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and models to be followed. Liberty of conscience and
religious worship. The future of the republic. Pro-
posed isthmian congress. Insinuations of Molien.
European recognition. A Peruvian question. Restor-
ing deserters from vessels. Commercial agent Lowry.
Free ships and free goods. Information on Colombia
wanted. Rule of guidance.

Comparison between American and European insti-

tutions. Superiority in political science and morality.
Prospects of change in Europe. Peace desired.

June 24. To RICHARD RUSH

Abolition of the slave-trade as piracy. Action of

Congress. Propositions by the British government.
Objections stated. The right of search. Trial for
piracy. A convention sent. Desires knowledge of
European negotiations.

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WRITINGS

OF

JOHN QUINCY ADAMS

WRITINGS OF JOHN QUINCY ADAMS

TO THE PRESIDENT 1

[JAMES MONROE]

DEPARTMENT OF STATE,
WASHINGTON, March 4, 1820.

SIR:

In answer to the question upon which you have done me the honor to require my written opinion in the words following:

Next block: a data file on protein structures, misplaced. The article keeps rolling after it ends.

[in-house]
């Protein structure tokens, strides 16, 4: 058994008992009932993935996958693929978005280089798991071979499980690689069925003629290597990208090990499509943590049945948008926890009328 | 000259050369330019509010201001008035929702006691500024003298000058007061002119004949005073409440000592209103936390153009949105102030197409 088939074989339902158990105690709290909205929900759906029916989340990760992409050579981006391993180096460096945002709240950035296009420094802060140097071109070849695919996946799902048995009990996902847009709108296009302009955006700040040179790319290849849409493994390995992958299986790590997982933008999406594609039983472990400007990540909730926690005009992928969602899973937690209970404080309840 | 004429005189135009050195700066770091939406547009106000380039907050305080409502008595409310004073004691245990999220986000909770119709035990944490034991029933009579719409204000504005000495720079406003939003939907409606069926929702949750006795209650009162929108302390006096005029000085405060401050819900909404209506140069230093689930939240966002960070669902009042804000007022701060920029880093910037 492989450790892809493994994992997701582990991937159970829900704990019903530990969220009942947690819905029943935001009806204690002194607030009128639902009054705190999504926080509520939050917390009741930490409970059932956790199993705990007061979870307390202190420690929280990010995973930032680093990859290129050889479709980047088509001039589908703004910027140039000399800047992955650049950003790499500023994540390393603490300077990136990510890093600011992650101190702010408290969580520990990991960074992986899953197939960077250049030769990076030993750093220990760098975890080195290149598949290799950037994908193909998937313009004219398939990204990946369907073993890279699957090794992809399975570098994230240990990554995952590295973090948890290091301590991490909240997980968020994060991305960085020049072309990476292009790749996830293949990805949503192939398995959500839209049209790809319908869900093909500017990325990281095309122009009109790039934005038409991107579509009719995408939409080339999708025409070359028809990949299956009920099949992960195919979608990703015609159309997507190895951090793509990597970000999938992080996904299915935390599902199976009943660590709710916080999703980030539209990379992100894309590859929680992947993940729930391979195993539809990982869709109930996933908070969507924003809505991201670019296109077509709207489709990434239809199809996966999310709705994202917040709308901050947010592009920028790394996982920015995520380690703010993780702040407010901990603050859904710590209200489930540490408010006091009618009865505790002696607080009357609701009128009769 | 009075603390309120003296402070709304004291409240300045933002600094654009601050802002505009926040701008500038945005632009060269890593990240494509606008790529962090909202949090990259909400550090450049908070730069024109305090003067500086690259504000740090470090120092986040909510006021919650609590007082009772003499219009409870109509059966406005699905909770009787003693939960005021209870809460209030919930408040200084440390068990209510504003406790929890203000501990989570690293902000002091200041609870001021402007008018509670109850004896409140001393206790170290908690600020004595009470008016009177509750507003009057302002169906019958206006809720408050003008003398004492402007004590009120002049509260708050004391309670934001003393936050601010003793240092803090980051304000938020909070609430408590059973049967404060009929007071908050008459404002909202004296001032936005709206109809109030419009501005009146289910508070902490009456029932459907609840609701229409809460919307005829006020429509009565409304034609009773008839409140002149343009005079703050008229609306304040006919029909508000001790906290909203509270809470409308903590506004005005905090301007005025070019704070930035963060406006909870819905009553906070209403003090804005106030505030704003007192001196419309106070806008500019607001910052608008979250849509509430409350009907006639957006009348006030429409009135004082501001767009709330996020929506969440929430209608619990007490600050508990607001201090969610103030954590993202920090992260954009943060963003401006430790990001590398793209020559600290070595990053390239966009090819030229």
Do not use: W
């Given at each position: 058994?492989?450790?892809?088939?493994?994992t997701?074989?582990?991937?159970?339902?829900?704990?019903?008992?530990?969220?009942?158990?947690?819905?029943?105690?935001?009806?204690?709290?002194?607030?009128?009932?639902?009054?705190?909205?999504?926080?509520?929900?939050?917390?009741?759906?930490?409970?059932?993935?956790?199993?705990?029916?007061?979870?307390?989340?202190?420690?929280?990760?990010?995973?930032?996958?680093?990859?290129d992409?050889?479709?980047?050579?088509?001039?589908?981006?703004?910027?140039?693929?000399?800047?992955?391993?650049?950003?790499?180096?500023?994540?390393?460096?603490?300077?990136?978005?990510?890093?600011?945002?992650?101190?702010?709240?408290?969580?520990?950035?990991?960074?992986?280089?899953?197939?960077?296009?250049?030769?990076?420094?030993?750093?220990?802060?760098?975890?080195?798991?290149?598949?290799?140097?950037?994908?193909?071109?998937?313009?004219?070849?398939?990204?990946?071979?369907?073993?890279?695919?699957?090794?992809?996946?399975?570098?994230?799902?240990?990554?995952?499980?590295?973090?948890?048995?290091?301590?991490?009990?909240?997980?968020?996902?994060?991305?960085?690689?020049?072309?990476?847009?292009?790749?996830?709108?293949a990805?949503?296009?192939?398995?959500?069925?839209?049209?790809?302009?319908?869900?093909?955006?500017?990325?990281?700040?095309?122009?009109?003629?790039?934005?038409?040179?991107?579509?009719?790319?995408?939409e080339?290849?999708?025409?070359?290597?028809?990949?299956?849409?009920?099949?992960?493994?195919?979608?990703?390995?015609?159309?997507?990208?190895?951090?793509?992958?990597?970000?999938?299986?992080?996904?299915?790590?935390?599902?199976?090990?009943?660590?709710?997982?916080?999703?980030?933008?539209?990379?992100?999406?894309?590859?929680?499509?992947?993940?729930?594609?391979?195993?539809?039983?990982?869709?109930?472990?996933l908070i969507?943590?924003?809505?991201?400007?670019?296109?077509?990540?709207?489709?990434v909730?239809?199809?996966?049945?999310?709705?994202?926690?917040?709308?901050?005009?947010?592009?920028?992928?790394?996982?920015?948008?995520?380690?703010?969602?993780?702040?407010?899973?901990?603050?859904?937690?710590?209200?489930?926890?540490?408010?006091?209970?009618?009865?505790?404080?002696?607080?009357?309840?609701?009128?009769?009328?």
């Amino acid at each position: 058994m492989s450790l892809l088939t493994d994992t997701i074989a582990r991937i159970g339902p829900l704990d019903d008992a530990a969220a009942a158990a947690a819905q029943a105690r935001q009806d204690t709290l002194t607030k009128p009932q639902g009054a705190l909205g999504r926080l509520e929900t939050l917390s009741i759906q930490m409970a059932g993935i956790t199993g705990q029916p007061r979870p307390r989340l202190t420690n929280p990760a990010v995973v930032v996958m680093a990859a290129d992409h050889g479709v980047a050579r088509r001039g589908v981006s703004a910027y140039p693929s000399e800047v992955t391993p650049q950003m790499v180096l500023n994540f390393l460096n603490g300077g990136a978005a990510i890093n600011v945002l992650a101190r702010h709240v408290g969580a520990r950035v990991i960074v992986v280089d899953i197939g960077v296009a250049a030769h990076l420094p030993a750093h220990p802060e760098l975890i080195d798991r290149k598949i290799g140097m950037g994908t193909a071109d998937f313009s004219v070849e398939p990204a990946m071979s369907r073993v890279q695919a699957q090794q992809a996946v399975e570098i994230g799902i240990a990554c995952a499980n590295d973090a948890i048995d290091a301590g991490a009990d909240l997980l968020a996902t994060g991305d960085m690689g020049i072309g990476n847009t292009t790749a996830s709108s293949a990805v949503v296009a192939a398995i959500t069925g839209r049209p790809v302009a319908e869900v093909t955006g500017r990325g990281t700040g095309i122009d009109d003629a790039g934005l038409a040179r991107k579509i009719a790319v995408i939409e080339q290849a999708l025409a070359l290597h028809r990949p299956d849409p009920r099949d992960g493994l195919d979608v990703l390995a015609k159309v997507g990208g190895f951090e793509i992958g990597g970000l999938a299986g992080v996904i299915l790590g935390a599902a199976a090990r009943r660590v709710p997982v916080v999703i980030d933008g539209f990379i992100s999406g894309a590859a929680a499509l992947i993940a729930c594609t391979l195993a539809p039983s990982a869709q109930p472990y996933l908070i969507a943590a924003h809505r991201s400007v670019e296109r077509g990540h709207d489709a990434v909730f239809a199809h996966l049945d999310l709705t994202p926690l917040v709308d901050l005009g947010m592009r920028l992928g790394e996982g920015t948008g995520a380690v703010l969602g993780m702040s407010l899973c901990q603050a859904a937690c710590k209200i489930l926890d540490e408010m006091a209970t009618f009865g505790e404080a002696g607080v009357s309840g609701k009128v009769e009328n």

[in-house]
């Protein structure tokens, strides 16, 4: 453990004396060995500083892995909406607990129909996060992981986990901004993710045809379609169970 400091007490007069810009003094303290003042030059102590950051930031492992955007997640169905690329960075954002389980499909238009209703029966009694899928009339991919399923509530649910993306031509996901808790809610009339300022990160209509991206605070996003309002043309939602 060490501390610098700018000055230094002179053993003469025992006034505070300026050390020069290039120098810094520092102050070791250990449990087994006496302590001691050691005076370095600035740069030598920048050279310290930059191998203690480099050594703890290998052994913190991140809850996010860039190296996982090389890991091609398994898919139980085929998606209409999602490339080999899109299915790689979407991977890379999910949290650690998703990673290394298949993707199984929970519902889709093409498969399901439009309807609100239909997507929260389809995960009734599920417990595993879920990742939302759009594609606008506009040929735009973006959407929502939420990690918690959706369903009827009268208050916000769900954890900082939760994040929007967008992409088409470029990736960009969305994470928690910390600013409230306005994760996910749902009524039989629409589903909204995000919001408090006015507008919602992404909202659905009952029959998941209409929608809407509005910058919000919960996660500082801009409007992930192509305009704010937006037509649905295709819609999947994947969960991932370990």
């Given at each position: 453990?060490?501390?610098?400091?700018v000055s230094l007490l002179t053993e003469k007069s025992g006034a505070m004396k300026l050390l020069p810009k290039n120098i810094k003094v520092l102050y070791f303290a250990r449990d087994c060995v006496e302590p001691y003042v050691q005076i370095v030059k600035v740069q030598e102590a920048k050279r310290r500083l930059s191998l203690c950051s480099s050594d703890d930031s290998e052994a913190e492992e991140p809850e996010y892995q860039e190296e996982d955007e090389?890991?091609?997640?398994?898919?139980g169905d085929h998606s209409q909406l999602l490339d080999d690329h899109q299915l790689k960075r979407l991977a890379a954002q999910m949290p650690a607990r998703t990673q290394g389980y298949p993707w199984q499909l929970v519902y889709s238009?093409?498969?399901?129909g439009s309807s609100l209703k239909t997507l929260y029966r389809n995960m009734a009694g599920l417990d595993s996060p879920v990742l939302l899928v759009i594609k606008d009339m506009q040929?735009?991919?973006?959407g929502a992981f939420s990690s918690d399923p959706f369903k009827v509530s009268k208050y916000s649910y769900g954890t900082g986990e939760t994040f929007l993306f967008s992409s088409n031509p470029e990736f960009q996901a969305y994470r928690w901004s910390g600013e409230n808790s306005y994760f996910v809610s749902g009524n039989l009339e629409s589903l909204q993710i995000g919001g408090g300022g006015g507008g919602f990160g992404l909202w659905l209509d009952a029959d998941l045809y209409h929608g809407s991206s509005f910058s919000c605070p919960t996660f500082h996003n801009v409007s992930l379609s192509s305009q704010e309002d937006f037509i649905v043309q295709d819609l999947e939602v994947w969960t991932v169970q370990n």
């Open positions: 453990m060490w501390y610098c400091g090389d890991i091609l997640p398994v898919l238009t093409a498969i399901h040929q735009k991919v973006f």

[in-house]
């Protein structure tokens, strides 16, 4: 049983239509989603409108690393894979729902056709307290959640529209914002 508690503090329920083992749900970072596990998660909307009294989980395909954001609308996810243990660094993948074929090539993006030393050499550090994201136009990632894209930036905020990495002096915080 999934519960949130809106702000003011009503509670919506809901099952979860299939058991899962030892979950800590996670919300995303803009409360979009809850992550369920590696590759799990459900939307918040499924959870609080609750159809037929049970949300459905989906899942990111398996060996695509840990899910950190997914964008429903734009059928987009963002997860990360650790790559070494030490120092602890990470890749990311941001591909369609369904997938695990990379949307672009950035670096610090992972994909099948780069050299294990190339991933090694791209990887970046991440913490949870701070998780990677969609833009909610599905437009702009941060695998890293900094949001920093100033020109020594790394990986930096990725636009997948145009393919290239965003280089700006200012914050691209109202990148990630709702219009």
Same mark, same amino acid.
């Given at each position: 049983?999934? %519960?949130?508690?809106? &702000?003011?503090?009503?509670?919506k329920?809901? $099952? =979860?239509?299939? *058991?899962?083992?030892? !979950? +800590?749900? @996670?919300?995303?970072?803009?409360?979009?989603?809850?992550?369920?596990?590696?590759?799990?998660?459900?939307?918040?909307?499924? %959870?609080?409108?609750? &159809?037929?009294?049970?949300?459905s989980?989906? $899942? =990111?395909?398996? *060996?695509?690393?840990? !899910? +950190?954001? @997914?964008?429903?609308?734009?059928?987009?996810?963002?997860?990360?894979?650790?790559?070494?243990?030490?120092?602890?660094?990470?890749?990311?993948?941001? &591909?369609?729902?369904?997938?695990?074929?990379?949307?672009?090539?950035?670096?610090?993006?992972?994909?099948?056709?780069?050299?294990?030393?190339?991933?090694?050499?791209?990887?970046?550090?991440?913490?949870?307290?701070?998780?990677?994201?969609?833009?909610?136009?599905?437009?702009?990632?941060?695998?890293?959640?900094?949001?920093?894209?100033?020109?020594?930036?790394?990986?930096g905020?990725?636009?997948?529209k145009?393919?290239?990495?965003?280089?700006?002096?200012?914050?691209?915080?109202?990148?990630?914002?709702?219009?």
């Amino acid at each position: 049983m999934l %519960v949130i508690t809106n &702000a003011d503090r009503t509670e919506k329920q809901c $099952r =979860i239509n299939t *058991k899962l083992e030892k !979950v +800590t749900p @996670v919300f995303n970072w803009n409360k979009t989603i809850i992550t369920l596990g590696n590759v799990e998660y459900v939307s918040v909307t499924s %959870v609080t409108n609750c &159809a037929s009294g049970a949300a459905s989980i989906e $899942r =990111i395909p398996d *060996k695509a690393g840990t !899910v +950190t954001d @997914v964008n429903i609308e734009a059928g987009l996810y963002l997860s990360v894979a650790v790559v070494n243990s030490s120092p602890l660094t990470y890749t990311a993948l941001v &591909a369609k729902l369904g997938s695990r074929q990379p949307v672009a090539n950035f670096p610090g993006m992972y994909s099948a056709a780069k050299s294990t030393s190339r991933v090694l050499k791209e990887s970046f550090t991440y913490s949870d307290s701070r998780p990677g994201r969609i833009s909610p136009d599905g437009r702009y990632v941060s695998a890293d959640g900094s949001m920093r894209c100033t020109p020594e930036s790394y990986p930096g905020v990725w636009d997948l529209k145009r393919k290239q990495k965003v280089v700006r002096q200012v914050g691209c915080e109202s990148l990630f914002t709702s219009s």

"Has Congress a right under the powers vested in it by the Constitution to make a regulation prohibiting slavery in a territory?"

My opinion is that it has.

And in answer to the question in the words following:

"Is the eighth section of the act, which passed both Houses on the 3d instant for the admission of Missouri into the Union, consistent with the Constitution?" 3

My opinion is that it is.

Which is respectfully submitted.

JOHN QUINCY ADAMS.

1 In his Memoirs for 1820 Adams has recorded the impressions made upon his mind by the Missouri question and the formation of a conviction may be there traced. See especially the entries for February 23, 24, and March 3 and 5, 1820. 2 Interdicting slavery forever in the territory north of latitude 36° 30′.

'The original form of this question was, whether the eighth section was applicable only to the territorial state, or could extend to it after it should become a state. The discussion and reasons for changing the question are given in Memoirs, March 3, 1820.

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